Category Archives: Climate Change & Sustainability

Posts on aspects of climate science, climate action and climate policy & planning.

Weekly salon 12/1

1. 2021 in graphs

Peter Martin has assembled 10 graphs from articles he has edited in 2021.

Each tells a powerful story. For example, it is clear that sooner or later something will have to be done about JobSeeker when it is forecast to become a mere fraction of the old age pension, which is miserly by international standards. Remember around a third of pensioners already live in poverty. Continue reading Weekly salon 12/1

Cleaning out coal

When Shadow Minister for Climate Change and Energy Chris Bowen stated at the Press Council that no jobs would be lost in coal or gas through Labor’s policy he received a strong challenge from Mike Foley of the SMH and The Age (from about 40:00 on the tape) who pointed out that the Government’s modelling showed coal-fired power reducing from 25GW to 14GW, which was more than can be accounted for by stated station closure timelines. Labor is going harder on renewables and claims that 82% of power generation will be renewables by 2030. Surely this means early closure of coal.

Bowen said stations may close, the market will decide, but there was no causal relationship with the policy, and the small percentage is explained by the fact that if we follow the call to ‘electrify everything’, especially heating and transport, much more power will be needed.

Coincidentally AEMO (Australian Energy Market Operator) has just produced it’s 2022 Draft ISP Consultation plan which show coal disappearing, evaporating before our eyes. Continue reading Cleaning out coal

COP26: Aspiring to failure

A theme of the Glasgow Conference of Parties (COP) of the UN Framework Convention on Climate Change (UNFCCC) has been to ‘keep 1.5°C alive’ knowing that they would fail. This is where the new pledges would take us by 2100 according to Climate Action Tracker:

My point, however, is that in choosing the goal of 1.5°C the UNFCCC is choosing failure. Back in 1994 the UNFCC was set up to prevent dangerous climate change. This is a simple ‘burning embers’ chart produce by the IPCC in 2018:

Any child can see that for a safe climate 0.5°C is plenty far enough.

Kevin Anderson in a recent YouTube talking about Britain’s responsibility points out that the latest IPCC report says that for a 67% chance of remaining below 1.5°C is only 400Gt of CO2.

He says that the UK’s share in the energy sector would go in the next four years. He also says that the UK’s effort to date, reckoned to be one of the best in the world, is only worth half a cracker. The claim is that the UK has reduced emissions by 51% since 1990. However, when calculated properly, including shipping and air travel associated with Britain’s way of life, plus the emissions avoided by moving dirty industries offshore, the Brit’s have only achieved 15% or 0.5% pa.

There is more wrong with the IPCC statement.

Firstly, 67% means lousy odds, given the importance limiting warming. I’d reckon it should be 99.9999% (I think that is one in a million!)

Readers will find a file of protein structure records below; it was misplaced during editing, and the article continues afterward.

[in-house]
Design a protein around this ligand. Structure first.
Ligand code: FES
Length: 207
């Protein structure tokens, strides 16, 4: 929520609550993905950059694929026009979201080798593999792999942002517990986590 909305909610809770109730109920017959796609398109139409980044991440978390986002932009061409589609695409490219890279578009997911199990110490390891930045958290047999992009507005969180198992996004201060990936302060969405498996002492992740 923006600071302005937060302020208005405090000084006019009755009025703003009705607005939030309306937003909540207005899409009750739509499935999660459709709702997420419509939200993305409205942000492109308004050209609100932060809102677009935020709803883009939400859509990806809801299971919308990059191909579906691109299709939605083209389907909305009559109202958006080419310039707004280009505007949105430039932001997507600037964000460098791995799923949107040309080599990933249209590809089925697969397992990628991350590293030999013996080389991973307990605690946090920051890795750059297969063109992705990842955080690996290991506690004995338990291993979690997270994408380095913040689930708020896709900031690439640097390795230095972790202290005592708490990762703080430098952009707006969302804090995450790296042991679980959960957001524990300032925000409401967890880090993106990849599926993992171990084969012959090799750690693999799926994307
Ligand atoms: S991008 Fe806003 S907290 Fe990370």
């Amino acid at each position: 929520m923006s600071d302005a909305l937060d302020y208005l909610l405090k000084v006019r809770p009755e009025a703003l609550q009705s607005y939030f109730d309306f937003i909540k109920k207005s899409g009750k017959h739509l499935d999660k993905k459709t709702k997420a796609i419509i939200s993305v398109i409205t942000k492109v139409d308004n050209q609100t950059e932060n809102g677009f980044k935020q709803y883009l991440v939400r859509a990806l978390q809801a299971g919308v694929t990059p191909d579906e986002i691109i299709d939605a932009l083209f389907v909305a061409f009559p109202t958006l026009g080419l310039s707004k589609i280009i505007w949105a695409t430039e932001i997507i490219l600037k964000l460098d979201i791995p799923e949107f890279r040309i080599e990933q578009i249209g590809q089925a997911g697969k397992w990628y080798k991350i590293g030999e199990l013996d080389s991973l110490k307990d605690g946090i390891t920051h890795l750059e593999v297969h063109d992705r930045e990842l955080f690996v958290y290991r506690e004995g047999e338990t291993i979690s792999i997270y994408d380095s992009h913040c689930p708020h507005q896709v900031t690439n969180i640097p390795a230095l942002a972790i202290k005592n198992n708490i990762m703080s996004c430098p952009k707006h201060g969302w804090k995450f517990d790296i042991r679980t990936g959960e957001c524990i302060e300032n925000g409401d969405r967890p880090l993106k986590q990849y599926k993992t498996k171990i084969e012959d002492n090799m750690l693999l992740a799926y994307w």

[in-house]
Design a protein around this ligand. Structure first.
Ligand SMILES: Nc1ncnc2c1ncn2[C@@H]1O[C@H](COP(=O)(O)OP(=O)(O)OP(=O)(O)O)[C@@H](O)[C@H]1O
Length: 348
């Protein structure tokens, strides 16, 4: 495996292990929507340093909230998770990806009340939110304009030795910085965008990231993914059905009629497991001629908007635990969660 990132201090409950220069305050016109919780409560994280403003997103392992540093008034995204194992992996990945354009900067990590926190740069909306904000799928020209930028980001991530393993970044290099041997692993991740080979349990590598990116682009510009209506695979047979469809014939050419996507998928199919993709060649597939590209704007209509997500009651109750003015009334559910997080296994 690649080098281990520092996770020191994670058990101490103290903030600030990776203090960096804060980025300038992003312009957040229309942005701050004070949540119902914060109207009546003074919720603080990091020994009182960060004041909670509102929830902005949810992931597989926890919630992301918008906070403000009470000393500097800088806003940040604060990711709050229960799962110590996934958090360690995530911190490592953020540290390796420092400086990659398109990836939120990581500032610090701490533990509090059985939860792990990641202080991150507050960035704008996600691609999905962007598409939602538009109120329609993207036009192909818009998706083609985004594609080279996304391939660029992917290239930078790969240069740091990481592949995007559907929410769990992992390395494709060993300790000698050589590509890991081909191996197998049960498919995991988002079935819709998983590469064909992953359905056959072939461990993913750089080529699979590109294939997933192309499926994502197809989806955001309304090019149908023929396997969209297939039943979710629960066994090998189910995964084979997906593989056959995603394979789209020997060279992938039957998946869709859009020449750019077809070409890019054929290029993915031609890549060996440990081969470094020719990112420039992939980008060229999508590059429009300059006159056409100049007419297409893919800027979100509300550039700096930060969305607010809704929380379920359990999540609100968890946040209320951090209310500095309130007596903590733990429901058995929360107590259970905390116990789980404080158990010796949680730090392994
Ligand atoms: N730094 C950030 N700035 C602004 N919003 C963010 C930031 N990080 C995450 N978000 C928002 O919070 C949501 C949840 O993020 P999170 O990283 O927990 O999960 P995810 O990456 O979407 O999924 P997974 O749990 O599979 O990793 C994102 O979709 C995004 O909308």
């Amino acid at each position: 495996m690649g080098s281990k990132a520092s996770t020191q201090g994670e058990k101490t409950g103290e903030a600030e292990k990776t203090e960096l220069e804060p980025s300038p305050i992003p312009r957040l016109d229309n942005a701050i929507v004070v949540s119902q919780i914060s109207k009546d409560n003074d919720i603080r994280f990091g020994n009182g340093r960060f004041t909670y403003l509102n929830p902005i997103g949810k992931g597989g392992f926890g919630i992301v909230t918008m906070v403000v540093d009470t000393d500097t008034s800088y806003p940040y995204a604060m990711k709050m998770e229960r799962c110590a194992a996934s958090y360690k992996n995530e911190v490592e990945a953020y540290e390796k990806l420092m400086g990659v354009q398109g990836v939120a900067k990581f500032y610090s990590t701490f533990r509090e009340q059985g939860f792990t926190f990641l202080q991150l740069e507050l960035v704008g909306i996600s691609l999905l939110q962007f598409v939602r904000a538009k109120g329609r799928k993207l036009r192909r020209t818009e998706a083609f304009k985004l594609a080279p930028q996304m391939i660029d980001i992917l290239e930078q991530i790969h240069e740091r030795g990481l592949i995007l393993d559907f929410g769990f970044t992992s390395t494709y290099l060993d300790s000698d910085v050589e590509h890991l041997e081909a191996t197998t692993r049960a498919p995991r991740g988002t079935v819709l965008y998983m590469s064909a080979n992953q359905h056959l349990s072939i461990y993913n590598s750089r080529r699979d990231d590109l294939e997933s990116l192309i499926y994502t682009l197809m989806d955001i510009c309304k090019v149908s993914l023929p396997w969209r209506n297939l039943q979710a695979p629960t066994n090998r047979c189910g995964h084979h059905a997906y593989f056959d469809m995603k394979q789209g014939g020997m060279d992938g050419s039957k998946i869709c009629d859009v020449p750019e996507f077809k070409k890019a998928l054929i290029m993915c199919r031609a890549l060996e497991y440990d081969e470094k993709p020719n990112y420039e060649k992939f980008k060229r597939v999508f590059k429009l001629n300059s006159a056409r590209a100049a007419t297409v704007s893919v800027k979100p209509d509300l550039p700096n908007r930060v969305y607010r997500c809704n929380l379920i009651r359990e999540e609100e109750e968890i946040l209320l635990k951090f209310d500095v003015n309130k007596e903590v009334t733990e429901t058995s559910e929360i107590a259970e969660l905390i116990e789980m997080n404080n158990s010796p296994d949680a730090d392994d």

Secondly,
all scenarios from the IPCC now involve overshooting and negative emissions, or drawdown that goes on long after net zero in 2050. This slide comes from his January 2020 talk to Extinction Rebellion, Can meaningful hope spring from revealing the depth of our climate failure?:

Somewhere he says 6-10Gt pa, starting ASAP and continuing indefinitely. If you want to improve the odds, you have to suck more out.

Then if you want to aspire to reducing CO2 to 350ppm, for a safe climate, you need even more.

So, what are the chances of keeping the temperature under 1.5°C? Infinitesimal.

Can we draw hope? Anderson is full of ideas about what we can do, so if you get busy you may also hope.

Personally, much as I hate their methods, Extinction Rebellion is one of the few organisations that is clear-eyed about what our realistic prospects are.

Here’s Roger Hallam in How to fix climate in a few years:

The climate ball is about to go over a cliff.

More to come. I have to go bush for a few days, unexpectedly early. I want to say a bit more about tipping points, and the problem of climate justice, but there is a fair bit in the above for starters.

Morrison goes to Glasgow: what’s new?

PM Morrison: AAP/Dan Himbrechts, from The Conversation

Last week our PM, one Scott (“Scotty from Marketing”) Morrison, scrambled to wrest control of our borders from a disruptive new Premier of NSW, one Dominic Perrottet, who effectively sidelined the PM, while announcing that he will indeed go to Glasgow to spruik our newly minted policy on climate change, that is, if his recalcitrant coalition partners, the Nationals, agree to have one.

Laura Tingle’s AFR opinion piece The most abject failure of leadership in living memory (published under a less pungent title at the ABC) asks “Who is in charge now?” since the states and the Nationals seem to be running the show. Continue reading Morrison goes to Glasgow: what’s new?

Australia must leave 95 per cent of coal in the ground

In March this year UN chief Antonio Guterres said he wanted:

    all OECD countries to commit to phasing out coal by 2030, and for non-OECD countries to do so by 2040. Science tells us this is essential to meet the Paris Agreement goals and protect future generations.

He wants the main emitters and coal users to announce their phase-out plans well before the Glasgow UNFCCC COP26 conference in November this year. Continue reading Australia must leave 95 per cent of coal in the ground